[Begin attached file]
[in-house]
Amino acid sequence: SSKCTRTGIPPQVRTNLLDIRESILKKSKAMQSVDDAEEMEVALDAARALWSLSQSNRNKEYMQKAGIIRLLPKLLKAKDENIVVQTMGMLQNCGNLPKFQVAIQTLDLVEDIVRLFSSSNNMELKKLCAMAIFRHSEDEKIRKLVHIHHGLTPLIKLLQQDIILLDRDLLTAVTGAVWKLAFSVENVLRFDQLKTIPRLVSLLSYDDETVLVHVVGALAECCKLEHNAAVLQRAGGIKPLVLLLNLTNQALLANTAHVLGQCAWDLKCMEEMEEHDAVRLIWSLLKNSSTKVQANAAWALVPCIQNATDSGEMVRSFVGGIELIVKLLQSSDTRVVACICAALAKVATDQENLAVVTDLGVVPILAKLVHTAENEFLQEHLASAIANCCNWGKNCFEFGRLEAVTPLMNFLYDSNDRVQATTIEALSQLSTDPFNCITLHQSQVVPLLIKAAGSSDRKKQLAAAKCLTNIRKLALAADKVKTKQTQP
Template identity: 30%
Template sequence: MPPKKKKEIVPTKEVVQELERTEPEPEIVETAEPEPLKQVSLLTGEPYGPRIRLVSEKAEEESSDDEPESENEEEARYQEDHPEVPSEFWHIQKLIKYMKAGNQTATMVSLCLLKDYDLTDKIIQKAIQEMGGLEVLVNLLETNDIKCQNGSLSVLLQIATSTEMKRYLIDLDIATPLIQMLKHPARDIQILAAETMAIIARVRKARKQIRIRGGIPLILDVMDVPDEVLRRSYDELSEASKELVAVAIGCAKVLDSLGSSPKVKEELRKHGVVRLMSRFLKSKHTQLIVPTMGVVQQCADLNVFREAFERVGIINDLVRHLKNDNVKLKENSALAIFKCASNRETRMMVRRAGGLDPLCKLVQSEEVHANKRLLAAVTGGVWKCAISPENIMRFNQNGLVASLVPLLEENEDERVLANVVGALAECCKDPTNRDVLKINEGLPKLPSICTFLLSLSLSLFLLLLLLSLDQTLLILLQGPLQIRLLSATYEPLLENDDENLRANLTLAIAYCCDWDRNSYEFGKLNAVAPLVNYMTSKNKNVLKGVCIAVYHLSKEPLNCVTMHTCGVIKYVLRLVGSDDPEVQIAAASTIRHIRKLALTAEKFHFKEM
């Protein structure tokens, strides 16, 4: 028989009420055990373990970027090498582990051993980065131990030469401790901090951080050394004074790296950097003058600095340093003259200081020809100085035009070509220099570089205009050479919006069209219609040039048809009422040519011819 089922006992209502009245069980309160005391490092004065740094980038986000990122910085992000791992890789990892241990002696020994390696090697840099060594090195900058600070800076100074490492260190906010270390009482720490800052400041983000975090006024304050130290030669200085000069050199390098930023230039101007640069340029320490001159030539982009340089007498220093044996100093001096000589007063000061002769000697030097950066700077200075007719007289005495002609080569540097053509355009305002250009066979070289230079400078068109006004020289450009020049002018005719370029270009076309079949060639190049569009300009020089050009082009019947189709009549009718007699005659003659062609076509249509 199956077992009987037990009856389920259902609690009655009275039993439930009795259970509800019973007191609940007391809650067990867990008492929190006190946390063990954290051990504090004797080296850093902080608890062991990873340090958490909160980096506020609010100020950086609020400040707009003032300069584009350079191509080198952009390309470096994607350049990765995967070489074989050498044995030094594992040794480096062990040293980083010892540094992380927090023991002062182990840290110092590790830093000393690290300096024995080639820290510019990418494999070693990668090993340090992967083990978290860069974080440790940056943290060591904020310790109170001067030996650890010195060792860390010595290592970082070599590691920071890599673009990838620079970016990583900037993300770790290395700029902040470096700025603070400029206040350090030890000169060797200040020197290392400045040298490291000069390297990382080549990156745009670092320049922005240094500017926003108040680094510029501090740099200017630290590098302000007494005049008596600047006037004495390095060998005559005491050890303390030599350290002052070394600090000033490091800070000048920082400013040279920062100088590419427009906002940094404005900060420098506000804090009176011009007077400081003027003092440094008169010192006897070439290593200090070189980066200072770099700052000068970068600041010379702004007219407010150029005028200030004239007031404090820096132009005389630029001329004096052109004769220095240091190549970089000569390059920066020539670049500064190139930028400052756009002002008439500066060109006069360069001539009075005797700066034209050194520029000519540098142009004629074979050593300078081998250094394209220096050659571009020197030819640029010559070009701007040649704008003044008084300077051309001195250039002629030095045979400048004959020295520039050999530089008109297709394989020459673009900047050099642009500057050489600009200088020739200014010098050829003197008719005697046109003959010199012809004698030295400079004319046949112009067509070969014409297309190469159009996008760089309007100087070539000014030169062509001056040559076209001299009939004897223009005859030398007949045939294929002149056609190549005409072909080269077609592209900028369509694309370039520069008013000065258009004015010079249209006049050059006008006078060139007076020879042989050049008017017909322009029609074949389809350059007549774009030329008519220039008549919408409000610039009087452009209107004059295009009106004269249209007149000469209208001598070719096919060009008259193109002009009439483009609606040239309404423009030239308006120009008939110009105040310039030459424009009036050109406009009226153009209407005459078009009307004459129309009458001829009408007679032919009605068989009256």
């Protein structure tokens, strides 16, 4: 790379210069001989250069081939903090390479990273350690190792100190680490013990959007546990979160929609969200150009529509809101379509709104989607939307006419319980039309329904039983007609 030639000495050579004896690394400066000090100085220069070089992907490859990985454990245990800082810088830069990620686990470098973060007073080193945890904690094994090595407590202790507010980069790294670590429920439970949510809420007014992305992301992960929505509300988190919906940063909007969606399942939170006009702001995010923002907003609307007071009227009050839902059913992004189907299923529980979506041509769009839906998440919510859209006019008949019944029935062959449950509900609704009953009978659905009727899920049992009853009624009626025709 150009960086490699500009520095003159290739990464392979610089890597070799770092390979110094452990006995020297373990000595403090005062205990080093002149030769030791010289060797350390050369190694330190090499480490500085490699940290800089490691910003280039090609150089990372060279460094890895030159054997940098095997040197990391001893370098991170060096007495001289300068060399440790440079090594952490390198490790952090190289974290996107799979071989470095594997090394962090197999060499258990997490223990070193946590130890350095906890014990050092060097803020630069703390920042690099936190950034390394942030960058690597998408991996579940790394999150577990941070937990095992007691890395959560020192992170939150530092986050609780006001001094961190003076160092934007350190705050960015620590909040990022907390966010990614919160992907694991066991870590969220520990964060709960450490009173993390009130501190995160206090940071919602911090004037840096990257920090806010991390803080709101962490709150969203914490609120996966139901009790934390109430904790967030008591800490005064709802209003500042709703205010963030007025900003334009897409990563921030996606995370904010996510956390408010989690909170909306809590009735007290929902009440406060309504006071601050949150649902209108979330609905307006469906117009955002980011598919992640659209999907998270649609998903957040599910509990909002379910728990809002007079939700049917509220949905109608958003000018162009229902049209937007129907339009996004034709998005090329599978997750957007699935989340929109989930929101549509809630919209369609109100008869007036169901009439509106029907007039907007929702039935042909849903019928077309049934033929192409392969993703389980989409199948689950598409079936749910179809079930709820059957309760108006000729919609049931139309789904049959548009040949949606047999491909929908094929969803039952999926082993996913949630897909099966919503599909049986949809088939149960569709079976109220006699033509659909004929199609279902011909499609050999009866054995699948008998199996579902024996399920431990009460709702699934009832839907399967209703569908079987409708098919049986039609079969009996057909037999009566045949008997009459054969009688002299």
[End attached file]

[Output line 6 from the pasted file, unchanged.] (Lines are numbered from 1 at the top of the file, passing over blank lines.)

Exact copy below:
């Protein structure tokens, strides 16, 4: 790379210069001989250069081939903090390479990273350690190792100190680490013990959007546990979160929609969200150009529509809101379509709104989607939307006419319980039309329904039983007609 030639000495050579004896690394400066000090100085220069070089992907490859990985454990245990800082810088830069990620686990470098973060007073080193945890904690094994090595407590202790507010980069790294670590429920439970949510809420007014992305992301992960929505509300988190919906940063909007969606399942939170006009702001995010923002907003609307007071009227009050839902059913992004189907299923529980979506041509769009839906998440919510859209006019008949019944029935062959449950509900609704009953009978659905009727899920049992009853009624009626025709 150009960086490699500009520095003159290739990464392979610089890597070799770092390979110094452990006995020297373990000595403090005062205990080093002149030769030791010289060797350390050369190694330190090499480490500085490699940290800089490691910003280039090609150089990372060279460094890895030159054997940098095997040197990391001893370098991170060096007495001289300068060399440790440079090594952490390198490790952090190289974290996107799979071989470095594997090394962090197999060499258990997490223990070193946590130890350095906890014990050092060097803020630069703390920042690099936190950034390394942030960058690597998408991996579940790394999150577990941070937990095992007691890395959560020192992170939150530092986050609780006001001094961190003076160092934007350190705050960015620590909040990022907390966010990614919160992907694991066991870590969220520990964060709960450490009173993390009130501190995160206090940071919602911090004037840096990257920090806010991390803080709101962490709150969203914490609120996966139901009790934390109430904790967030008591800490005064709802209003500042709703205010963030007025900003334009897409990563921030996606995370904010996510956390408010989690909170909306809590009735007290929902009440406060309504006071601050949150649902209108979330609905307006469906117009955002980011598919992640659209999907998270649609998903957040599910509990909002379910728990809002007079939700049917509220949905109608958003000018162009229902049209937007129907339009996004034709998005090329599978997750957007699935989340929109989930929101549509809630919209369609109100008869007036169901009439509106029907007039907007929702039935042909849903019928077309049934033929192409392969993703389980989409199948689950598409079936749910179809079930709820059957309760108006000729919609049931139309789904049959548009040949949606047999491909929908094929969803039952999926082993996913949630897909099966919503599909049986949809088939149960569709079976109220006699033509659909004929199609279902011909499609050999009866054995699948008998199996579902024996399920431990009460709702699934009832839907399967209703569908079987409708098919049986039609079969009996057909037999009566045949008997009459054969009688002299």